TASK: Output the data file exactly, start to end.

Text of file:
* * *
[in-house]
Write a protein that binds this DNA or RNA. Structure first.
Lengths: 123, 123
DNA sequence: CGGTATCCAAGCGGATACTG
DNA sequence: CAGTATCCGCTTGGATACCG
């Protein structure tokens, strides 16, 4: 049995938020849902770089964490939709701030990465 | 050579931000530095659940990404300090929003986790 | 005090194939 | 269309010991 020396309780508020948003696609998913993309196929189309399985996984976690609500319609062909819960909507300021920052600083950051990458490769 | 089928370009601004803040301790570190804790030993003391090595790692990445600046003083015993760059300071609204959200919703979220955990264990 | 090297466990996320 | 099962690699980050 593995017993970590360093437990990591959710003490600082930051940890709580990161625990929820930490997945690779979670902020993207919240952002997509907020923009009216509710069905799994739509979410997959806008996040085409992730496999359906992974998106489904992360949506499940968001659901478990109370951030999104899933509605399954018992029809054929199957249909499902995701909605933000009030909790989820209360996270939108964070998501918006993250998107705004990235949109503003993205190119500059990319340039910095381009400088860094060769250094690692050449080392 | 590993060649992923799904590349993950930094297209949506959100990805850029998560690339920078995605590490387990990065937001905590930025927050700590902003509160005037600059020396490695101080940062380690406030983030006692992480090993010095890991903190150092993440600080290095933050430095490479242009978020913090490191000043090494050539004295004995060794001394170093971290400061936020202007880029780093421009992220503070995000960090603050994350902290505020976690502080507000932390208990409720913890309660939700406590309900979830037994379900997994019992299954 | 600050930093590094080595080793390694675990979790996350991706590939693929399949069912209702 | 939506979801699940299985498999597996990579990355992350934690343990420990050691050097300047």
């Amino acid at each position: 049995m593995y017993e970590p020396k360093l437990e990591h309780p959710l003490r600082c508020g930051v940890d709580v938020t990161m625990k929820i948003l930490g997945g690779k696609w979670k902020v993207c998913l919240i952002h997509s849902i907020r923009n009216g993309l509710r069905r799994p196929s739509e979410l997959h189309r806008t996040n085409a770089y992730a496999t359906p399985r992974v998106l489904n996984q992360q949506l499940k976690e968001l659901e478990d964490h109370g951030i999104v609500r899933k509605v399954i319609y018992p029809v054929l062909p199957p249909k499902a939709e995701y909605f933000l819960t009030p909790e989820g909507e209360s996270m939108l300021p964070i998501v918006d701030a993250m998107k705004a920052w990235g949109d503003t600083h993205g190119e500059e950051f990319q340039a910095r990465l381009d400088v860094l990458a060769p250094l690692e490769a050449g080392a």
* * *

[in-house]
Write a protein that binds this DNA or RNA. Structure first.
Lengths: 123, 123
DNA sequence: CGGTATCCAAGCGGATACTG
DNA sequence: CAGTATCCGCTTGGATACCG
């Protein structure tokens, strides 16, 4: 049995938020849902770089964490939709701030990465 | 050579931000530095659940990404300090929003986790 | 005090194939 | 269309010991 020396309780508020948003696609998913993309196929189309399985996984976690609500319609062909819960909507300021920052600083950051990458490769 | 089928370009601004803040301790570190804790030993003391090595790692990445600046003083015993760059300071609204959200919703979220955990264990 | 090297466990996320 | 099962690699980050 593995017993970590360093437990990591959710003490600082930051940890709580990161625990929820930490997945690779979670902020993207919240952002997509907020923009009216509710069905799994739509979410997959806008996040085409992730496999359906992974998106489904992360949506499940968001659901478990109370951030999104899933509605399954018992029809054929199957249909499902995701909605933000009030909790989820209360996270939108964070998501918006993250998107705004990235949109503003993205190119500059990319340039910095381009400088860094060769250094690692050449080392 | 590993060649992923799904590349993950930094297209949506959100990805850029998560690339920078995605590490387990990065937001905590930025927050700590902003509160005037600059020396490695101080940062380690406030983030006692992480090993010095890991903190150092993440600080290095933050430095490479242009978020913090490191000043090494050539004295004995060794001394170093971290400061936020202007880029780093421009992220503070995000960090603050994350902290505020976690502080507000932390208990409720913890309660939700406590309900979830037994379900997994019992299954 | 600050930093590094080595080793390694675990979790996350991706590939693929399949069912209702 | 939506979801699940299985498999597996990579990355992350934690343990420990050691050097300047």
């Amino acid at each position: 049995m593995y017993e970590p020396k360093l437990e990591h309780p959710l003490r600082c508020g930051v940890d709580v938020t990161m625990k929820i948003l930490g997945g690779k696609w979670k902020v993207c998913l919240i952002h997509s849902i907020r923009n009216g993309l509710r069905r799994p196929s739509e979410l997959h189309r806008t996040n085409a770089y992730a496999t359906p399985r992974v998106l489904n996984q992360q949506l499940k976690e968001l659901e478990d964490h109370g951030i999104v609500r899933k509605v399954i319609y018992p029809v054929l062909p199957p249909k499902a939709e995701y909605f933000l819960t009030p909790e989820g909507e209360s996270m939108l300021p964070i998501v918006d701030a993250m998107k705004a920052w990235g949109d503003t600083h993205g190119e500059e950051f990319q340039a910095r990465l381009d400088v860094l990458a060769p250094l690692e490769a050449g080392a």